Zak, the 13 year old Chihuahua, announced my arrival at Fred’s house with great enthusiasm! I had met him before as it happened and you may well have seen him too. He travels with his master, Fred Mansell, perching at the front of his mobility scooter. They make quite a spectacle. A couple of elderly gents out taking some fresh air and Zak on the look-out for anyone or anything to bark greetings at!

Fred is 93. He has lived in the area for most of his life. His grandparents lived in Rose Cottage in Littleton. You will know it., or where it was… is where the reservoir now is, so his family was relocated to the cottages built by the side of the road to accommodate those who had lost their homes. Fred’s parents lived in Watersplash Road in Shepperton and Fred vividly remembers playing in the orchards behind the houses. In 1969 he and his wife Gladys moved with their son and daughter to Sunbury.

He is full of stories about Sunbury days. His pre-war days were spent working at General Aircraft in Feltham, before being called up. He saw service in Italy, North Africa and Burma and, nearer to home, in Scotland and the north of England. As well as his role as a signaller, he quickly found himself recruited to join the dance band. Fred didn’t just play something small and portable like a trumpet – he played double bass! So imagine when he asked his mum to send his instrument to join him where he happened to be stationed in Scotland! He says it is testimony to the care of various porters on the railways at the time that his precious instrument never got damaged in transit. Even before being called up in the early days of the war he had already played at the Remembrance Hall on Saturday nights, the site which is now home to M&S at Sunbury Cross. This was a popular Saturday night venue where couples came to dance the night away to the Lambeth Walk and the like. Later on in life Fred played on Thames pleasure boats and at a multitude of other events. Today he still plays the piano accordion, much to little Zak’s entertainment!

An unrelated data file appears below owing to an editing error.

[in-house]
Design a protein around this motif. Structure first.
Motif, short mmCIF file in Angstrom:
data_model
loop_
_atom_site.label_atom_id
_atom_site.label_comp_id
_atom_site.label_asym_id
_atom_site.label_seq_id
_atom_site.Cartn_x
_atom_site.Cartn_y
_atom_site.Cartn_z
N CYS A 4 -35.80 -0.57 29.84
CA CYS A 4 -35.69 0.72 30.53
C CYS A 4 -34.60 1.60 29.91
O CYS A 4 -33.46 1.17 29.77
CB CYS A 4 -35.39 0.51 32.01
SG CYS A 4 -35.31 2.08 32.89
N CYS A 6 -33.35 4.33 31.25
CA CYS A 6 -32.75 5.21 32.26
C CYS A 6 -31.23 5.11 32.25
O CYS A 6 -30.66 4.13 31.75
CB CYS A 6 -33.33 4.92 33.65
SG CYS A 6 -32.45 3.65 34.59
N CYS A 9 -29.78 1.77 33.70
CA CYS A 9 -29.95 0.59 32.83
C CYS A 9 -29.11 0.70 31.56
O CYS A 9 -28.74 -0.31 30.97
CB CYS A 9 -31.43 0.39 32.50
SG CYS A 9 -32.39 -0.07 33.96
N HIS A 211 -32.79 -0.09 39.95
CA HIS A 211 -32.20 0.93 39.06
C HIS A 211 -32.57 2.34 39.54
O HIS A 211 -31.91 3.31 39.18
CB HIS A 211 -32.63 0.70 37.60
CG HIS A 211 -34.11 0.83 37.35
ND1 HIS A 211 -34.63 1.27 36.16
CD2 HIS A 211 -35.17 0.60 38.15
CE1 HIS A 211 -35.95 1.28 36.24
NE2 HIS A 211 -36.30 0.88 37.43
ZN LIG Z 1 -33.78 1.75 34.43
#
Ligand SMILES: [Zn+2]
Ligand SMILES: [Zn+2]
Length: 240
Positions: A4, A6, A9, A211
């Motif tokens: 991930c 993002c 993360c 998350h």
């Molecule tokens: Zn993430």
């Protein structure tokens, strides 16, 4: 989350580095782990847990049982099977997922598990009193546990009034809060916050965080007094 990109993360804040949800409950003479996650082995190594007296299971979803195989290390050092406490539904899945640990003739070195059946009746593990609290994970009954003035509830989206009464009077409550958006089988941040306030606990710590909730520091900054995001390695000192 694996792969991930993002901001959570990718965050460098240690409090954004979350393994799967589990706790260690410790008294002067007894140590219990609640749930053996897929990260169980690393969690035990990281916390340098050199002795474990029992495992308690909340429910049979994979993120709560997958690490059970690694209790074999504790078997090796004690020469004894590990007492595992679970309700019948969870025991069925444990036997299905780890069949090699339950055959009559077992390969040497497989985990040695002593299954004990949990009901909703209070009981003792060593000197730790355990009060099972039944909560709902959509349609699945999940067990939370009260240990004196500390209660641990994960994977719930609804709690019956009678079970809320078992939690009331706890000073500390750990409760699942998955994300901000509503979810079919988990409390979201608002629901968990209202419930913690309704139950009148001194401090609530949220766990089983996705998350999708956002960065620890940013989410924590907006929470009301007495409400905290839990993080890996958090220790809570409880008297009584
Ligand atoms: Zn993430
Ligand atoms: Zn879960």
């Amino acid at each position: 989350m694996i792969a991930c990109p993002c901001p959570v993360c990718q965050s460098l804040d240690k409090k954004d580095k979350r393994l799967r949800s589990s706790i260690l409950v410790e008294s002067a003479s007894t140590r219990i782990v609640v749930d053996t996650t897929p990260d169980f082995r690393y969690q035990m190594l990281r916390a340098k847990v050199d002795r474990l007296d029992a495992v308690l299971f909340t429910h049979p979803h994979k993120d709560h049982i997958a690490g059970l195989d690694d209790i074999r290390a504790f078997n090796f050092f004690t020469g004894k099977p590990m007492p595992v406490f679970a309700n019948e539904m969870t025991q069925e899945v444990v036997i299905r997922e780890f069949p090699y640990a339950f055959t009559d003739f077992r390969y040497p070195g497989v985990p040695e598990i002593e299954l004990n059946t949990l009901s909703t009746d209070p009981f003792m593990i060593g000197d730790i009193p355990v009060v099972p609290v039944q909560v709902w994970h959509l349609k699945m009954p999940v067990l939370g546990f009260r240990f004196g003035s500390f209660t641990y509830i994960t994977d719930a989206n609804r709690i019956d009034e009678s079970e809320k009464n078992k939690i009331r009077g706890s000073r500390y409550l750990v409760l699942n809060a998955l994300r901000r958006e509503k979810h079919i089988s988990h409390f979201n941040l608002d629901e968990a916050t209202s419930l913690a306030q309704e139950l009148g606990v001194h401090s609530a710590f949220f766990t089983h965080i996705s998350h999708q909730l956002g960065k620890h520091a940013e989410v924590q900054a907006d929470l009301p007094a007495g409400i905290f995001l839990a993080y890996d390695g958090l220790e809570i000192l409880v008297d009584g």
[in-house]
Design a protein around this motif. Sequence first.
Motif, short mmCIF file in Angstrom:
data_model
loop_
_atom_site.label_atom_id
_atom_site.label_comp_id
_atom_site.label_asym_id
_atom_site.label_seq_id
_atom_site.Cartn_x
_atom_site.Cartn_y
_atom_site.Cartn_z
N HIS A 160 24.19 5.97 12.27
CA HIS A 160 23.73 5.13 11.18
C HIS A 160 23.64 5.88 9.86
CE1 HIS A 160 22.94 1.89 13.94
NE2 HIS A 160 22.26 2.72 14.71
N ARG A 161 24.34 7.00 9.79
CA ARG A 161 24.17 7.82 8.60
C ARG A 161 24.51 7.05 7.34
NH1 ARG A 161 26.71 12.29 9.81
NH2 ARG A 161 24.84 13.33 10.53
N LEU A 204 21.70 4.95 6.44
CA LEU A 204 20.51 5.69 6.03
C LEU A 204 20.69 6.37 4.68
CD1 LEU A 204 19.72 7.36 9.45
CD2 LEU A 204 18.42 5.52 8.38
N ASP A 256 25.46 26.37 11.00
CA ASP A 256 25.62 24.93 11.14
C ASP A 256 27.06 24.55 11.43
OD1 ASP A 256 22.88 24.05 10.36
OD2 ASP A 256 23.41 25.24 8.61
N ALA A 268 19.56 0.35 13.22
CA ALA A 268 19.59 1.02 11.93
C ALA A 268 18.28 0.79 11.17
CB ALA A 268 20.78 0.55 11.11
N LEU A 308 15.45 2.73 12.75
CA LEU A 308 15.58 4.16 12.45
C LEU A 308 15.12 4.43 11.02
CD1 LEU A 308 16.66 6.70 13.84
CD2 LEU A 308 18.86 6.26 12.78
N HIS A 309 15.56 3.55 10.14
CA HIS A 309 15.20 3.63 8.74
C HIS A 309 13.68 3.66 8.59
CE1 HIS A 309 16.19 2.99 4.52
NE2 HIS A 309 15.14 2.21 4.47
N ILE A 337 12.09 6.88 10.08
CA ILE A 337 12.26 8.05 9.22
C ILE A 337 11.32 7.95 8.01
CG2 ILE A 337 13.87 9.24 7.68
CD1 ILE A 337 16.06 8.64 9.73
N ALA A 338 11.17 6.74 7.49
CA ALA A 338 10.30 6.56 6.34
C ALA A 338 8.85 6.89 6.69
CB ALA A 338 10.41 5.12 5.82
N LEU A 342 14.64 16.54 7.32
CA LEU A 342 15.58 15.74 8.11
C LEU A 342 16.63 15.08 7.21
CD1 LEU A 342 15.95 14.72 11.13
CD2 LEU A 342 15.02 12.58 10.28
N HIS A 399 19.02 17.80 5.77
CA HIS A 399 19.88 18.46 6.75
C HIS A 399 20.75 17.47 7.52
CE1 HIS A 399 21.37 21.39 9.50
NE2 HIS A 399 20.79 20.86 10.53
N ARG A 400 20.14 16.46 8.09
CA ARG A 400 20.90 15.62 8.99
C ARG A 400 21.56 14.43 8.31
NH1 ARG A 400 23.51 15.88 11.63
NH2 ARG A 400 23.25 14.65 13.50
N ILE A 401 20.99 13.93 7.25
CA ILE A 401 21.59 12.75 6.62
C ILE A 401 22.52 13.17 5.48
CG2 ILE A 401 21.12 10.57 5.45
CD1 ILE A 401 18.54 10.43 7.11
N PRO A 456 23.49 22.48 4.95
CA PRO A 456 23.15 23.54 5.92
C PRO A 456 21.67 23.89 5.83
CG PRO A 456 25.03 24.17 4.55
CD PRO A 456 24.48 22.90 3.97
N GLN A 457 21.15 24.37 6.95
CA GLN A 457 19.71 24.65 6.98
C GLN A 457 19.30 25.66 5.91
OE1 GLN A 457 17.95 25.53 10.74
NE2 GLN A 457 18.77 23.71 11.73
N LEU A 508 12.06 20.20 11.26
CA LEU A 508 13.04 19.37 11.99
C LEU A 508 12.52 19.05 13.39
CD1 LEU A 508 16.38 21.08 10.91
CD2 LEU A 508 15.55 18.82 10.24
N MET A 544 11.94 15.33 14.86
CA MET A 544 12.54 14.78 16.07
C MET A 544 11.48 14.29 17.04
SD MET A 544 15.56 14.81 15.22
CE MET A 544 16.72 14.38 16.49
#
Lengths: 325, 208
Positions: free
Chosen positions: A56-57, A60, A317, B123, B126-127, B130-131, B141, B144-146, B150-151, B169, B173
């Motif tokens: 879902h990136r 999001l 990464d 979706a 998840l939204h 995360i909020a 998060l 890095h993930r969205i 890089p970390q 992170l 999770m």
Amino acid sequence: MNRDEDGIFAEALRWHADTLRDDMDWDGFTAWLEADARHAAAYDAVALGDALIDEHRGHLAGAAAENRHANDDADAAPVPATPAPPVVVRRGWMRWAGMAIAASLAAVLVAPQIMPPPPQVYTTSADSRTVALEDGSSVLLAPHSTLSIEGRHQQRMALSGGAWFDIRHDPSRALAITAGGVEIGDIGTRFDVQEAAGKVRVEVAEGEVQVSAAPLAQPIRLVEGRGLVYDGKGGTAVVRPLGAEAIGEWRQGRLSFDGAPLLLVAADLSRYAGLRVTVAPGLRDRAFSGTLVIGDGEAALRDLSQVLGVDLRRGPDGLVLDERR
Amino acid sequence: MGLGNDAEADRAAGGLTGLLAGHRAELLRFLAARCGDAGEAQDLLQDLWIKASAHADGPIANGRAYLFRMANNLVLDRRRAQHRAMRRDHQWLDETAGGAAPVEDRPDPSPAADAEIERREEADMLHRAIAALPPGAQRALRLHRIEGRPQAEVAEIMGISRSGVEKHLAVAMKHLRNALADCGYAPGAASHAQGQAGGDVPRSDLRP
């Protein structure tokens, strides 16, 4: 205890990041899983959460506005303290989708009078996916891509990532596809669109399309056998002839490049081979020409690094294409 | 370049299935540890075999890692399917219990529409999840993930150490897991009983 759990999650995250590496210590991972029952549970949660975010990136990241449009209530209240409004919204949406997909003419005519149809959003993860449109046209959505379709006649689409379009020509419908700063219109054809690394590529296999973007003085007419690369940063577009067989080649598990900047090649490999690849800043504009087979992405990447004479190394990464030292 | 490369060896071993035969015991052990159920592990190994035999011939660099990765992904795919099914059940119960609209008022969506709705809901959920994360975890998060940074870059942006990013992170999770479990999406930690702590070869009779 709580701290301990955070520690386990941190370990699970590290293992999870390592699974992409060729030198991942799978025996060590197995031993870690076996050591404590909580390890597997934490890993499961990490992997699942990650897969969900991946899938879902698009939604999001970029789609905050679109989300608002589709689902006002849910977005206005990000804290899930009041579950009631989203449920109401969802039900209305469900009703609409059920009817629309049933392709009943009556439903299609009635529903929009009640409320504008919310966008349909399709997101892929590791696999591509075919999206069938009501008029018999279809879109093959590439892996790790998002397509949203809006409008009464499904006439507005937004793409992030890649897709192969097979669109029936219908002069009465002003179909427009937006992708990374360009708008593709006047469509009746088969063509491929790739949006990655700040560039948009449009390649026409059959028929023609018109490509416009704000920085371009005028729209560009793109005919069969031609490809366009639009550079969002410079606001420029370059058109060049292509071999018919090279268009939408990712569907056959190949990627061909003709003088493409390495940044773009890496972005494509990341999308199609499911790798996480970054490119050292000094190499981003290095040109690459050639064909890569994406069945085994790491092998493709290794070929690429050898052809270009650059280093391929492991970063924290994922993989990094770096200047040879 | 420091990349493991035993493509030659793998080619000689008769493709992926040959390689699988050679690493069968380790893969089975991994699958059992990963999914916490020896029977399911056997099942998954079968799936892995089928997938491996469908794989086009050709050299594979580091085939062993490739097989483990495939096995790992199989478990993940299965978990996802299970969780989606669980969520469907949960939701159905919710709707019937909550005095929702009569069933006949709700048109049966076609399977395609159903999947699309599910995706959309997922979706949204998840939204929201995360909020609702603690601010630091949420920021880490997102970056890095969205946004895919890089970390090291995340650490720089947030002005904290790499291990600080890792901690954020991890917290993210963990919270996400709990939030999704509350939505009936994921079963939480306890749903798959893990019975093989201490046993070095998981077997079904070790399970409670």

After the war Fred started working at Thermostat in Windmill Road where he stayed until he retired 32 years later.
Fred spent many hours walking with Eric Hampton in Sunbury Park with their little furry friends. It was there that he got chatting to Marianne Cribb who, 18 years later, visits him frequently and takes him out for regular cream teas at the Walled Garden. His particular passion is, however, reading – There can’t be many books he has not devoured.